NDN Firecracker

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NDN-1 Firecracker
Norman NDN-1 Firecracker.jpg
NDN Firefracker demonstrator at the 1980 Farnborough Airshow
Role Trainer
National origin United Kingdom
Manufacturer NDN Aircraft
First flight 26 May 1977
Number built 4

The NDN Firecracker is a single-engine aircraft designed as a military trainer.

Design and development[edit]

In 1976, Nigel Desmond Norman, one of the founders of Britten-Norman, the manufacturers of the Islander, set up NDN Aircraft to build the Firecracker, a single piston-engined trainer designed to replicate the handling of a jet trainer.[1] It was intended that the Firecracker would have a simple structure to allow it to be built under license by third-world countries to help start up local aviation industries.[2] The first prototype, powered by a Lycoming O-540 piston engine, flew on 26 May 1977.[3]

The aircraft configuration is a tandem two-seat aircraft with retractable tricycle landing gear. It has a low aspect ratio wing in order to give fighter-like handling and is fitted with an airbrake.[2]

After producing a single piston-engined prototype, NDN developed the aircraft by fitting a Pratt & Whitney Canada PT6 turboprop engine, producing the NDN-1T Turbo-Firecracker. Three NDN-1Ts were built for the British commercial flying school, Specialist Flying Training, which used them for contract training of foreign military students,[4] the first one flying on 1 September 1983.[5] The Firecracker was entered into the competition to replace the BAC Jet Provosts used by Britain's Royal Air Force as a basic trainer, it being proposed to fit the aircraft for the RAF with a more powerful engine and ejection seats. Although the Firecracker, which was planned to be built by Hunting Group if successful, was one of the four shortlisting aircraft, (the others being the Pilatus PC-9, Embraer Tucano and AAC A20 Wamira),[6] ultimately a much modified version of the Tucano, the Shorts Tucano was chosen.[7]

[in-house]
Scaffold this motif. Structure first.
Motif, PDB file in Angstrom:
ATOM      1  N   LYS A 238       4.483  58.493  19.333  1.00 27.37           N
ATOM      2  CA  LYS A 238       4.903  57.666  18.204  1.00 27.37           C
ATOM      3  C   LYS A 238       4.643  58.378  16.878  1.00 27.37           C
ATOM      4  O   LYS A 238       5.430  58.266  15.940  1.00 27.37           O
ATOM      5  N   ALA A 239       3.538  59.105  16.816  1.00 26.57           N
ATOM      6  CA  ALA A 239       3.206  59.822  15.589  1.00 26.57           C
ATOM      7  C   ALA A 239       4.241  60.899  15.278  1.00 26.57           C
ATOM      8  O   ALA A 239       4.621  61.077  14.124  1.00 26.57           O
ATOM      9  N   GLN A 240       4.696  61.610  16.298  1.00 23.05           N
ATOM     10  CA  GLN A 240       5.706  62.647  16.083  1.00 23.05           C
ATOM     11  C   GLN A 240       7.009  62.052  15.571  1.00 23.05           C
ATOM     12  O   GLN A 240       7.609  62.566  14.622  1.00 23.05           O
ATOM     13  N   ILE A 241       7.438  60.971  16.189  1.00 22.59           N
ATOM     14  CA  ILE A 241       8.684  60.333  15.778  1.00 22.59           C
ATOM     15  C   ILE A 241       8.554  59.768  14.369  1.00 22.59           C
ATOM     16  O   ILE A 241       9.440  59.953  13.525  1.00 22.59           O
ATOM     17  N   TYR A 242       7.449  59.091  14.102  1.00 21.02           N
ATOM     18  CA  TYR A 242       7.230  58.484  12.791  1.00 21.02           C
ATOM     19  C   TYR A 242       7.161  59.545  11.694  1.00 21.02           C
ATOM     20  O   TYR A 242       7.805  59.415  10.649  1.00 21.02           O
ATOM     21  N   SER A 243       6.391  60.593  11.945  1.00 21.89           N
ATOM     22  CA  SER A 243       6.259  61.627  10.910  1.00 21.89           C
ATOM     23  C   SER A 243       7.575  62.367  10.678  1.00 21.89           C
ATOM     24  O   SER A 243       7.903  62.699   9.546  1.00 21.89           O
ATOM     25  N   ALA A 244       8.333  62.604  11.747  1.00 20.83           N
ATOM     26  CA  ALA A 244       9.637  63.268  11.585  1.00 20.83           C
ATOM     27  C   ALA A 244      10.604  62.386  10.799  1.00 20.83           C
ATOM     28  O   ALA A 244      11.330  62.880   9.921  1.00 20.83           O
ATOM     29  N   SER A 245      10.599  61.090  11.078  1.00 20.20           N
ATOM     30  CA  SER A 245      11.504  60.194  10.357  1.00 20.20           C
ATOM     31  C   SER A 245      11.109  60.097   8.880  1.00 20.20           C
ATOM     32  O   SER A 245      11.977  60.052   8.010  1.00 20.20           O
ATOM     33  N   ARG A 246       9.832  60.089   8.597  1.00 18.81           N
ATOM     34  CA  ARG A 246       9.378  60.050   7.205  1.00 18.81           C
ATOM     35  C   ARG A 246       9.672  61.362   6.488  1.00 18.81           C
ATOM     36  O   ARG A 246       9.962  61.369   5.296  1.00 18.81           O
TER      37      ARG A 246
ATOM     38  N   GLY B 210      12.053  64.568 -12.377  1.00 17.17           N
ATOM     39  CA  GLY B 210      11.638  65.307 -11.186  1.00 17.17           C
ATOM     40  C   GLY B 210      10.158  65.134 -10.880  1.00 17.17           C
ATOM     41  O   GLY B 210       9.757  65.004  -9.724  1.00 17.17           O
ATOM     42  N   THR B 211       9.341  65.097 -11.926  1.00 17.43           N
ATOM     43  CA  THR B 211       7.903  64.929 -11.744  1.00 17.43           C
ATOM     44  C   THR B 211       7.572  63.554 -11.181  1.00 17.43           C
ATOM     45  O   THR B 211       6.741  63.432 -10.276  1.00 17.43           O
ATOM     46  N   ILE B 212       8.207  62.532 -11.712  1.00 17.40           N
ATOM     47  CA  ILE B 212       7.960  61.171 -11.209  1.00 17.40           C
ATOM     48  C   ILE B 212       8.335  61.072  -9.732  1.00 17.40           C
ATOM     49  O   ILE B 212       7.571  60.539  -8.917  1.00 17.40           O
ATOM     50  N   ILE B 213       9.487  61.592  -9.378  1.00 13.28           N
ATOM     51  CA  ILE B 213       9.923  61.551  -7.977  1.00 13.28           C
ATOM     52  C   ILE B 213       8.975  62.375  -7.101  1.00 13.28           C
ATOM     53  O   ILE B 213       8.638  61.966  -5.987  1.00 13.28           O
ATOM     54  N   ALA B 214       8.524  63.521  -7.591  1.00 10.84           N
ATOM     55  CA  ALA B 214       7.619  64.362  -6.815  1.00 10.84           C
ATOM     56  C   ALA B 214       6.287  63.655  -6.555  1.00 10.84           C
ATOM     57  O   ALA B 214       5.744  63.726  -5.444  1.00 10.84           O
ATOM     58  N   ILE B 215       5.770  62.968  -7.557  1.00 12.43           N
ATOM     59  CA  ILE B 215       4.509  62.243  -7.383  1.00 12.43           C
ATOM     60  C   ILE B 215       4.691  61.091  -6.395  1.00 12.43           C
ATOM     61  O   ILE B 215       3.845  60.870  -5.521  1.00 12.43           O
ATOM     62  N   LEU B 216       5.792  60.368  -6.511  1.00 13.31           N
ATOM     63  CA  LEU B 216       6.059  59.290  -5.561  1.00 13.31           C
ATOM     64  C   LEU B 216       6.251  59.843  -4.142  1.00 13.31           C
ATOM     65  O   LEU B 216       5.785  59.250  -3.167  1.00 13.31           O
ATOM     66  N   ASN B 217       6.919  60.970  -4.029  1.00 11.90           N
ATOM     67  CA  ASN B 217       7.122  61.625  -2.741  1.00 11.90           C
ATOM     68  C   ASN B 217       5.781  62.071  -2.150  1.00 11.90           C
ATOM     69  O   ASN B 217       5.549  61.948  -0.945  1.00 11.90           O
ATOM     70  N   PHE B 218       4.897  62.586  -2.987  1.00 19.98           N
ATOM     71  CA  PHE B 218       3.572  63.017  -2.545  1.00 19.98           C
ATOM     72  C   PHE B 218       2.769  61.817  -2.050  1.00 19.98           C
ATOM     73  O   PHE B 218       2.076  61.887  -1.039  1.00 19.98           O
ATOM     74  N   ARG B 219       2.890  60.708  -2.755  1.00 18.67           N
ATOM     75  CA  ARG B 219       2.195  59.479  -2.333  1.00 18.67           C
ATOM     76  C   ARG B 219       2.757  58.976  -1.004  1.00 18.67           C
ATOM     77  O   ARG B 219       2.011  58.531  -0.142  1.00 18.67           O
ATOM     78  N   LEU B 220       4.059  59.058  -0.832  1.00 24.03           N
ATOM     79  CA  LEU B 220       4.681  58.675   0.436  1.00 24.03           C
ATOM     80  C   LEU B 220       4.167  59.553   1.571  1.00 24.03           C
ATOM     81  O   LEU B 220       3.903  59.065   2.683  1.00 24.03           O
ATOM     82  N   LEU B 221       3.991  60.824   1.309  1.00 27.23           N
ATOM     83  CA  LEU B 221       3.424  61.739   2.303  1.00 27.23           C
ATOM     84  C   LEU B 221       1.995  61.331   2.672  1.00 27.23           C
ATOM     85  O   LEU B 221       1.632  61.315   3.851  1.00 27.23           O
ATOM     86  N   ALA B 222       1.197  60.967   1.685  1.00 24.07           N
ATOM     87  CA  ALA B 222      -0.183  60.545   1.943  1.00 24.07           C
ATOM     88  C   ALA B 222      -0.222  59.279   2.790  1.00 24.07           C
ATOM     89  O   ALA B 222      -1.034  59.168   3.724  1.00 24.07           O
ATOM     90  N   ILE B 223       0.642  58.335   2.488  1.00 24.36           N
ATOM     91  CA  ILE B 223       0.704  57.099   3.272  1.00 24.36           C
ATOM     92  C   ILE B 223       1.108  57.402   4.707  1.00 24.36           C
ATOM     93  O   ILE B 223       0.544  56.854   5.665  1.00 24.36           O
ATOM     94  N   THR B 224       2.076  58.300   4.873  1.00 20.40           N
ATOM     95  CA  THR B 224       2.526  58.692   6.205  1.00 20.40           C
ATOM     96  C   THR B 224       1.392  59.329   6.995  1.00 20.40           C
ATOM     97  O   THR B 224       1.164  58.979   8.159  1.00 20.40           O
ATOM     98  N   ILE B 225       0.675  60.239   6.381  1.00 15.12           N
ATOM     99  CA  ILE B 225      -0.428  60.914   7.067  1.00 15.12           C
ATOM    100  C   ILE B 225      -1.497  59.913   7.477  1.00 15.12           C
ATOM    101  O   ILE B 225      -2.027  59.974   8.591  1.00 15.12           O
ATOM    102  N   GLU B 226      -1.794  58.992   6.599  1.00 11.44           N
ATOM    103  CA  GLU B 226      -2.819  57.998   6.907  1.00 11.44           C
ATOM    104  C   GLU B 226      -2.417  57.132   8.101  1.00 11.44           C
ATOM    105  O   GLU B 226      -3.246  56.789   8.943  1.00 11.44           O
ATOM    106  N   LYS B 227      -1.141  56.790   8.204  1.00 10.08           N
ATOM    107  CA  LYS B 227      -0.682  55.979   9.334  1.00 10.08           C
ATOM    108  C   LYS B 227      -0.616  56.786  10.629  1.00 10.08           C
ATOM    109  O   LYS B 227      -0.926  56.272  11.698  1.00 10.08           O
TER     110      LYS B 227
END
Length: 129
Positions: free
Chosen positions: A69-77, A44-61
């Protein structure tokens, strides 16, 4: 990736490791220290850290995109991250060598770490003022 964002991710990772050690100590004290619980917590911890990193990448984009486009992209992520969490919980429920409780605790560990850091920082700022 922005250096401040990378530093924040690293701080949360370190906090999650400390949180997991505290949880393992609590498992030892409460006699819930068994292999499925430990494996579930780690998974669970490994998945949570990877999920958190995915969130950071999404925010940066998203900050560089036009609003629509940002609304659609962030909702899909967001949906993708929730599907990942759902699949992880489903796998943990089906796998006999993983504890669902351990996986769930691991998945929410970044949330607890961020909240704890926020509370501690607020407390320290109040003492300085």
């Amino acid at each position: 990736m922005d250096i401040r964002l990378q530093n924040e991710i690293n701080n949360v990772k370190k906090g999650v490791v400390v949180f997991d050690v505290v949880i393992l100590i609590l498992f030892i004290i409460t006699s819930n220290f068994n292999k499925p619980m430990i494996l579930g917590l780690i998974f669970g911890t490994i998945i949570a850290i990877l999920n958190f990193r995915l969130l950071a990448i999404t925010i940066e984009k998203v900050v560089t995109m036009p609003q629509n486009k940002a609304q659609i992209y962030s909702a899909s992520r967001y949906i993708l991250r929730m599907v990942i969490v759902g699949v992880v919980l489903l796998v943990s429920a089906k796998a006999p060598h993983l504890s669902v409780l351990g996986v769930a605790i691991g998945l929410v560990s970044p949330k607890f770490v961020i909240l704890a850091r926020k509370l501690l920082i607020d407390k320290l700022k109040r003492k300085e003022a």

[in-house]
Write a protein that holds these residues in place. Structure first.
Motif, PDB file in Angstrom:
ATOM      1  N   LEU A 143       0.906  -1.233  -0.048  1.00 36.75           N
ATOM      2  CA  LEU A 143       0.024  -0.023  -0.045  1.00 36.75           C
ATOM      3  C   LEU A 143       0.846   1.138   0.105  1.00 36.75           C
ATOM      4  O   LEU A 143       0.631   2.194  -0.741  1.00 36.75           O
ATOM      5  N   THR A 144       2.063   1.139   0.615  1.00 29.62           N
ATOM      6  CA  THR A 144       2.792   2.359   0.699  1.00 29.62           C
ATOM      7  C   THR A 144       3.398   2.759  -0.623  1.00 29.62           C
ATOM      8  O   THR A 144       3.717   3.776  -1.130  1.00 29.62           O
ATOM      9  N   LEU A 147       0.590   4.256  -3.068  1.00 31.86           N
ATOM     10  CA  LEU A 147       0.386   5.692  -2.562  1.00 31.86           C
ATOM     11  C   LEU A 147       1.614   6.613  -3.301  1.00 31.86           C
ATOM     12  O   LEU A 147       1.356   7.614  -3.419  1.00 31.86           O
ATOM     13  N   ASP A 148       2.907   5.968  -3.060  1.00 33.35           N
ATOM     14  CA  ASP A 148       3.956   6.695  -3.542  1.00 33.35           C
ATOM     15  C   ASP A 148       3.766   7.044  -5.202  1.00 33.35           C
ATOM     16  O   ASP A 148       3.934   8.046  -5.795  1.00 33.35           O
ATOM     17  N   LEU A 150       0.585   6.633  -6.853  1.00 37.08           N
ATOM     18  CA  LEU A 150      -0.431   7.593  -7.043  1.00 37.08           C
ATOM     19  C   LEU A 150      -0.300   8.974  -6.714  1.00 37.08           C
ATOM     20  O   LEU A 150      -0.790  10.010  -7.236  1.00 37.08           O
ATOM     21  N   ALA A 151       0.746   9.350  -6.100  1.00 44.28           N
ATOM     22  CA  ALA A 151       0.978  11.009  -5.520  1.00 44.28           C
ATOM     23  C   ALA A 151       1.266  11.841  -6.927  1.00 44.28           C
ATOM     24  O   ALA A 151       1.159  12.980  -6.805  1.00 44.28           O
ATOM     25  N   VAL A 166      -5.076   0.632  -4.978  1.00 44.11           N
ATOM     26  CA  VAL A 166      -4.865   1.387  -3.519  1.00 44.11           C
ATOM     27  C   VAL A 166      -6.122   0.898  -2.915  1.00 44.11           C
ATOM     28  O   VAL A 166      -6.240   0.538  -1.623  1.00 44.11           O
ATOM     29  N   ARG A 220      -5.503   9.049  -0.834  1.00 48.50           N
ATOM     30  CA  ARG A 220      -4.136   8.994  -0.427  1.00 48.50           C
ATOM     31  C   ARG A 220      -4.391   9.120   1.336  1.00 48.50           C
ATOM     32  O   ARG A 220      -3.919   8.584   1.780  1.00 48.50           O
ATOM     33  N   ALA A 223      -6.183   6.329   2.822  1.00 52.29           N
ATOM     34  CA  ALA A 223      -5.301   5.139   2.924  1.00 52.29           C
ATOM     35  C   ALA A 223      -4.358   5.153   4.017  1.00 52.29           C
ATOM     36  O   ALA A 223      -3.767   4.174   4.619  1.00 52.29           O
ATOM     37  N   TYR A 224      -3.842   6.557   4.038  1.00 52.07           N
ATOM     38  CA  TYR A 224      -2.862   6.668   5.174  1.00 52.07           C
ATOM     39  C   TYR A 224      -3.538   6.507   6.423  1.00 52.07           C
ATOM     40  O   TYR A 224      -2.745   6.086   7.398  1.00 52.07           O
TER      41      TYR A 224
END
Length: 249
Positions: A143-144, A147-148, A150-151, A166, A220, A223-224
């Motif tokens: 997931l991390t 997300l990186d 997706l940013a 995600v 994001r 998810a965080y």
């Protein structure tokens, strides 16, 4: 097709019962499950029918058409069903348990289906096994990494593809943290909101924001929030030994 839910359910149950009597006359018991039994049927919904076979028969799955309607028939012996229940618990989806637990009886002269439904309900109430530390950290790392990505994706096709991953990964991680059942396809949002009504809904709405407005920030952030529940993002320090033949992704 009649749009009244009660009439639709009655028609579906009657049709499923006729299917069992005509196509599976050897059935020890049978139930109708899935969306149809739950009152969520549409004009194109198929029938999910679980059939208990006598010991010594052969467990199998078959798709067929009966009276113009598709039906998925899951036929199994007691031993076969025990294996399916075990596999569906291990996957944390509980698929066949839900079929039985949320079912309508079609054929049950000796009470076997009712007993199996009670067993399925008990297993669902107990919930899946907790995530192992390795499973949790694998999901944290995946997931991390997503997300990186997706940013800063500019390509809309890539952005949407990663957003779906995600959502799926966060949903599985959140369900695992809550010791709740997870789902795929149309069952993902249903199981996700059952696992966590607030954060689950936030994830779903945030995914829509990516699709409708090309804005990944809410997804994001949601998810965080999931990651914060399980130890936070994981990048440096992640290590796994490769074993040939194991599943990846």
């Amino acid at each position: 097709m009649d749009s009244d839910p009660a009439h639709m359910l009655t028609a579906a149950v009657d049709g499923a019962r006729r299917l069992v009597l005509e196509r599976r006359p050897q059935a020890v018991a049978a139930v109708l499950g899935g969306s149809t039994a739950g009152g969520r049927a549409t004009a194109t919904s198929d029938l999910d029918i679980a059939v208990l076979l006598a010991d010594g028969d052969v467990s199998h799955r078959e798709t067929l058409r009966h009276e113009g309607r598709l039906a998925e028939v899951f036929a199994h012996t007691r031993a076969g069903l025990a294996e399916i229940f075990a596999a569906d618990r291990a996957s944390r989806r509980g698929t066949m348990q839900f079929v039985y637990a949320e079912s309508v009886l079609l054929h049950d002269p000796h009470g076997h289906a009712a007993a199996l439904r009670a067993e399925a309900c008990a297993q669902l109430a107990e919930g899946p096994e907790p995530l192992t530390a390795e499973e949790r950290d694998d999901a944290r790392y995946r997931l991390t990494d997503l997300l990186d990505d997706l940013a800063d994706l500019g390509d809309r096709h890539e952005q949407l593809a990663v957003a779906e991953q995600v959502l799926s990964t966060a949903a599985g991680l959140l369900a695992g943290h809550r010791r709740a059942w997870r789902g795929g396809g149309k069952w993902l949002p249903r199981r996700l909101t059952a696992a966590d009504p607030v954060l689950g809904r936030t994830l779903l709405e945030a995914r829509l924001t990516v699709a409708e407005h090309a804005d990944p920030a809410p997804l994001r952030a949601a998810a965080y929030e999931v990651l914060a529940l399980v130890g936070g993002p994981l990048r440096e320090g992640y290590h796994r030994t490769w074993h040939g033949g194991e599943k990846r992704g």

Although NDN, which renamed itself the Norman Aircraft Company (NAC) in 1985, continued to try to sell the Firecracker, no further production ensued, and NAC went into receivership in 1988.[8]

Specifications (Turbo Firecracker)[edit]

Data from Jane's All the World's Aircraft 1988-1989 [9]

General characteristics



  • Hardpoints: 4 with a capacity of 181 kg (400 lb) each

See also[edit]

Aircraft of comparable role, configuration and era



  1. ^ Flight International 23 July 1977, pp. 275, 278.
  2. ^ a b Field 1979, p.831.
  3. ^ Donald 1997, p.673.
  4. ^ Barnett 1984, p.902.
  5. ^ Parker 1983, p.738.
  6. ^ Flight International 24 March 1984, p.741
  7. ^ Flight International 30 March 1985, pp. 8-9.
  8. ^ Flight International 6 August 1988, p.11.
  9. ^ Taylor 1988, p.298-299.


  • Barnett, Cliff. "Firecracker: trainer for tomorrow?". Flight International, 31 March 1984. pp. 899–902.
  • Donald, David (editor).The Encyclopedia of World Aircraft. Leicester, UK:Blitz, 1997. ISBN 1-85605-375-X.
  • Field, Hugh. "Firecracker in the air". Flight International, 17 March 1979. pp. 831–834.
  • Parker, Ian "Early delivery set for Turbo-Firecracker". Flight International, 17 September 1983. pp. 738–739.
  • Taylor, J.W.R.(editor) Jane's All the World's Aircraft 1988-1989. Coulsdon, Surrey, UK: Jane's Information Group, 1988. ISBN 0-7106-0867-5.
  • "Firecracker". Flight International, 23 July 1977. pp. 275–279.
  • "Turboprops form RAF Trainer Shortlist". Flight International, 24 March 1984. p. 741
  • "Shorts Awarded Trainer Contract". Flight International, 30 March 1985, pp. 8–9.
  • "Norman calls in receiver". Flight International, 6 August 1988, p. 11.

External links[edit]